How to Make Dot Plots with Performance Ranges in Tableau Add value to traditional dot plots with ‘ranged dot plots’ Ranged dot plots show not only the current performance and period over period performance change across dimension members, but also where each dimension member has been throughout a calendar year!

How to Make Dot Plots with Performance Ranges in Tableau

Add value to traditional dot plots with ‘ranged dot plots’

Ranged dot plots show not only the current performance and period over period performance change across dimension members, but also where each dimension member has been throughout a calendar year!

Hi. This is Ryan with Playfair Data TV, and in this video, I’m going to show you how to make an alternative dot plot I call ranged dot plots. Ranged dot plots show not only the period over period performance across dimension members, but also the full performance range of each dimension member. So in other words, you’ll see the period over period performance as the dot plot, but in the background, you’ll see where that dimension member moved from its worst performance all the way up to its best performance. It adds even more context to one of my favorite chart types.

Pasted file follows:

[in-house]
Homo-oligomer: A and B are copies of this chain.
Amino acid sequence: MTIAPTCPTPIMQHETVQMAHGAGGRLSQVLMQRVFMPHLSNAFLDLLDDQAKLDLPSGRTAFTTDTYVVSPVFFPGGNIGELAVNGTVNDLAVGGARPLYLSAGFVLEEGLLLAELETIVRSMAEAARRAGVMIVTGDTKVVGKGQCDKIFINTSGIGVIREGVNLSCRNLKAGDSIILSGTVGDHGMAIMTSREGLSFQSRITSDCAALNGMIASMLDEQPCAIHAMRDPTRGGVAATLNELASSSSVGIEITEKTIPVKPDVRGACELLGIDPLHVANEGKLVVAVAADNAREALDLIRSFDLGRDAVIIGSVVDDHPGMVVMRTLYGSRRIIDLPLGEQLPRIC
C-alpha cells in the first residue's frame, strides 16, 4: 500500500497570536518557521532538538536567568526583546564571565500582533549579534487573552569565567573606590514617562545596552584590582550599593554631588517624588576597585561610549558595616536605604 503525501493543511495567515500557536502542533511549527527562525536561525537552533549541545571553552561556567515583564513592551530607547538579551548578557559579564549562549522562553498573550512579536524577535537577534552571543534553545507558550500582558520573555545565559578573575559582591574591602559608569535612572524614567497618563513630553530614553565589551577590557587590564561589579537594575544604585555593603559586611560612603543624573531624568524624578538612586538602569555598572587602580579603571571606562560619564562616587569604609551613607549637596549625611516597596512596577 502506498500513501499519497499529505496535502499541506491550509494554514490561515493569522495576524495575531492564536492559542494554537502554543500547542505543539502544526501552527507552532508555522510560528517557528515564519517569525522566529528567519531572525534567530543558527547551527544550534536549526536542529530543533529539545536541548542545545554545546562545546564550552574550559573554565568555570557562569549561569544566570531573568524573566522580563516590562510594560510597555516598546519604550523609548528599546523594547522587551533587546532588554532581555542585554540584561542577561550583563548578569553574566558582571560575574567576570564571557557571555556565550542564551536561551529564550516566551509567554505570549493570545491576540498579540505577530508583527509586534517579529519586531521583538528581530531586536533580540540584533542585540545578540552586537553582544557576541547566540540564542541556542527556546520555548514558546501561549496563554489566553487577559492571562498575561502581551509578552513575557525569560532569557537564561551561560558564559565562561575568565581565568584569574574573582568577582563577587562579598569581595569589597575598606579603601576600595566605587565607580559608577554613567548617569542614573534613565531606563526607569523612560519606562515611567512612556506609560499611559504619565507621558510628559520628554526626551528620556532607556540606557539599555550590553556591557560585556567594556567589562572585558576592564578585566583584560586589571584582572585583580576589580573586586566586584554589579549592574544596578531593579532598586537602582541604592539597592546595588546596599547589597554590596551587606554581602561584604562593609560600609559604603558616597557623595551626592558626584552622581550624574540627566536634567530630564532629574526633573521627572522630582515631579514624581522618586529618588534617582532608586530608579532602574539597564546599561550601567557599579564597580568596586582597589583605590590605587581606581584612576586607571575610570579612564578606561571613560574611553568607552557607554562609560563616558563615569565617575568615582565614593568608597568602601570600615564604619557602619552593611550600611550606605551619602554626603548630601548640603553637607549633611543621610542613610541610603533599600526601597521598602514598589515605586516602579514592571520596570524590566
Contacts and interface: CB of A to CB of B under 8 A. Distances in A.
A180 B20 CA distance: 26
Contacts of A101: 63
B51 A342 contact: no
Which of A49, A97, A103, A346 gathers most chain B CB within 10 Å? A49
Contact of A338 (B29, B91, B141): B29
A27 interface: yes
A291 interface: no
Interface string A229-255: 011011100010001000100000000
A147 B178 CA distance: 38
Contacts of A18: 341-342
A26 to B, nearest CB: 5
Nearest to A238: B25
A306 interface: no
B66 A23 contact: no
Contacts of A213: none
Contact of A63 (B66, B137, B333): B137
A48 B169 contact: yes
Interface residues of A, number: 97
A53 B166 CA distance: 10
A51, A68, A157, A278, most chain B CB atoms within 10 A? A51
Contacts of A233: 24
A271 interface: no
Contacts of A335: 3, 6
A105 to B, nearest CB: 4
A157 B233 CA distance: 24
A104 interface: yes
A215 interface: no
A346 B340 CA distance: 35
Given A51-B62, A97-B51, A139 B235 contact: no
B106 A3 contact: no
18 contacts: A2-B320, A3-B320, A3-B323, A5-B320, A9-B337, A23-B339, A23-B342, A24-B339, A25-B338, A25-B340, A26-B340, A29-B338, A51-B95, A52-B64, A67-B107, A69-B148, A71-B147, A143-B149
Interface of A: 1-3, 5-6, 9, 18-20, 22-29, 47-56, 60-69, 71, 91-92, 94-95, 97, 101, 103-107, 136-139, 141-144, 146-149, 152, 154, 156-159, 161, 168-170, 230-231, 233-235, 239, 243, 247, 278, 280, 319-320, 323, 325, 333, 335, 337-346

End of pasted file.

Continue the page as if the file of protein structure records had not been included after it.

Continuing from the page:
To start over here in Tableau Desktop, the first thing we need to do is create the period over period dot plot. You can use this with any measures and any periods that you would like. But for the purposes of illustration, I’m going to setup two parameters that allow my end user to choose a current month and a comparison month. So the parameter will have a data type of Integer, because when we translate this later in a calculated field, months are converted to integers. And I’ll go ahead and provide a range from 1 to 12. So if you’re not familiar with this, this is just looking at whole numbers between 1 and 12– so in other words, the months that are available to us to choose in a year.